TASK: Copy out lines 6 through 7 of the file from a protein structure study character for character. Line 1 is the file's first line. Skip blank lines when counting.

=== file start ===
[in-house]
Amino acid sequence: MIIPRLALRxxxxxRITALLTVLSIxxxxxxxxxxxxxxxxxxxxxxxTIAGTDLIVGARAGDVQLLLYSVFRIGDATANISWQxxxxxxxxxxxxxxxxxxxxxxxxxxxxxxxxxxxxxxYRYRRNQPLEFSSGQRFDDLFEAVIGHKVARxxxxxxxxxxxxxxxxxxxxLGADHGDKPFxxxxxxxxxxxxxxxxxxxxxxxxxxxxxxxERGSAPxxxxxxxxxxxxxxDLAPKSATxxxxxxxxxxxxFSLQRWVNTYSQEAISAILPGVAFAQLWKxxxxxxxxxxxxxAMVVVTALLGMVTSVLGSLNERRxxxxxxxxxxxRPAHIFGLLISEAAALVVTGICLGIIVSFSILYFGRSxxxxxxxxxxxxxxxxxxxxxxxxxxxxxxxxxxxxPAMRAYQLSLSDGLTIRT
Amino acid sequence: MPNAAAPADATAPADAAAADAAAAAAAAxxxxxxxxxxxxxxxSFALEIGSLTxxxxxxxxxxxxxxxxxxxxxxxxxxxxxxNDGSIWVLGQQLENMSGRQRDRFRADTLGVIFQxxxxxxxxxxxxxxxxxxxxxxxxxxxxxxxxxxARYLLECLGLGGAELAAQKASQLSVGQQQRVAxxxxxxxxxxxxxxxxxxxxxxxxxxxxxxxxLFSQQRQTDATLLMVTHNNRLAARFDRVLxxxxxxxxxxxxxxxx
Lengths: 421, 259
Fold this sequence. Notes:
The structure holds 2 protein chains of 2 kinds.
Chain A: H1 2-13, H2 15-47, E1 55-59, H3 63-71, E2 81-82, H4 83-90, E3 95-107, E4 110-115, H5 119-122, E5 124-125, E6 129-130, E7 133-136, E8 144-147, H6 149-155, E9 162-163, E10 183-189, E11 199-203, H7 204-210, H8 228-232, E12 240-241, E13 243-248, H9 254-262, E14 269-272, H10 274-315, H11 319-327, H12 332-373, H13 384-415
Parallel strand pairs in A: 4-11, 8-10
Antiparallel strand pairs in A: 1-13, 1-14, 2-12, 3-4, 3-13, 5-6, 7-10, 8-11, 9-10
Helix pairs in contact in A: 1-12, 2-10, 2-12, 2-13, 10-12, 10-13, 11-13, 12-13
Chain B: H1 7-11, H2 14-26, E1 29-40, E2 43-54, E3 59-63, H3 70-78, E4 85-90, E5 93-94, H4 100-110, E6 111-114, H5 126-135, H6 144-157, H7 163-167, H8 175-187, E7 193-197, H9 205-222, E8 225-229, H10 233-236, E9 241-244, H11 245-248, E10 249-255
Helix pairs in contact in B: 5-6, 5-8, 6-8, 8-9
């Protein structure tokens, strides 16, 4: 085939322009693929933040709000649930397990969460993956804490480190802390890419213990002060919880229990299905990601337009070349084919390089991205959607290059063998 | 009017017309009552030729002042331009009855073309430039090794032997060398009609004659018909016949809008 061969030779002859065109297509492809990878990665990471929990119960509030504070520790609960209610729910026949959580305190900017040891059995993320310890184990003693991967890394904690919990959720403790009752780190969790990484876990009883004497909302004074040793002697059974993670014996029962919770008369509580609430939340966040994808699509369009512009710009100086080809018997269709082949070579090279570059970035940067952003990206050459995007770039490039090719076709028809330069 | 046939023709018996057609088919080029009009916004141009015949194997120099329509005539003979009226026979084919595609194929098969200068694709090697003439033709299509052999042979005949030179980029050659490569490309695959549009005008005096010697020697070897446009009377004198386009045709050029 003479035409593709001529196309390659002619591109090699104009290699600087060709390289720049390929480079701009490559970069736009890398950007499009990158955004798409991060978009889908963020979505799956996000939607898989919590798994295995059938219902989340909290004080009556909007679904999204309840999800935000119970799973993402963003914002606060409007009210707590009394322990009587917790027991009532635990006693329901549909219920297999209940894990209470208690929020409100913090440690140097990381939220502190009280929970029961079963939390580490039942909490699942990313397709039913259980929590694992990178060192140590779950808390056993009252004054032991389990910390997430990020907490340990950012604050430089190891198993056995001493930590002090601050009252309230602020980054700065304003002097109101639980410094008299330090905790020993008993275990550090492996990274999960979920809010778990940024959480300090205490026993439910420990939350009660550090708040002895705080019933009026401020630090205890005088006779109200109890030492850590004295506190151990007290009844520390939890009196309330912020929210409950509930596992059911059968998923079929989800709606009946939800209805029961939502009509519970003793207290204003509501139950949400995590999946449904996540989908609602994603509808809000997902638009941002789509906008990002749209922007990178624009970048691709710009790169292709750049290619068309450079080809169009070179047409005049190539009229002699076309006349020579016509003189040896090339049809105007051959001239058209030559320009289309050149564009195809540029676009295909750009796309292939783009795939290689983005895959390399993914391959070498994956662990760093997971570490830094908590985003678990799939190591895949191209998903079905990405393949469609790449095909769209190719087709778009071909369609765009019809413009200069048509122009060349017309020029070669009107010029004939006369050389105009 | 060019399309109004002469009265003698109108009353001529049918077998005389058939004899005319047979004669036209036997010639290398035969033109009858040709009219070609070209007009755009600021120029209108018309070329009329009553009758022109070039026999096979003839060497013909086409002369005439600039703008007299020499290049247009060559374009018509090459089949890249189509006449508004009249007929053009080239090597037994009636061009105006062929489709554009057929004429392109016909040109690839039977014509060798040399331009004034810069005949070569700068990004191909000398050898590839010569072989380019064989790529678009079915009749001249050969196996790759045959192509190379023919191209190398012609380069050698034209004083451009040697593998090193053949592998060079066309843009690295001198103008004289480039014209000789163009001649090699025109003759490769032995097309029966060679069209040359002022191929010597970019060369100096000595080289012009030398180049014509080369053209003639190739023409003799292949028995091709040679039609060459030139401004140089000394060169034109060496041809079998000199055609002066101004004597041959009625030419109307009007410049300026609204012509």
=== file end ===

The structure holds 2 protein chains of 2 kinds.
Chain A: H1 2-13, H2 15-47, E1 55-59, H3 63-71, E2 81-82, H4 83-90, E3 95-107, E4 110-115, H5 119-122, E5 124-125, E6 129-130, E7 133-136, E8 144-147, H6 149-155, E9 162-163, E10 183-189, E11 199-203, H7 204-210, H8 228-232, E12 240-241, E13 243-248, H9 254-262, E14 269-272, H10 274-315, H11 319-327, H12 332-373, H13 384-415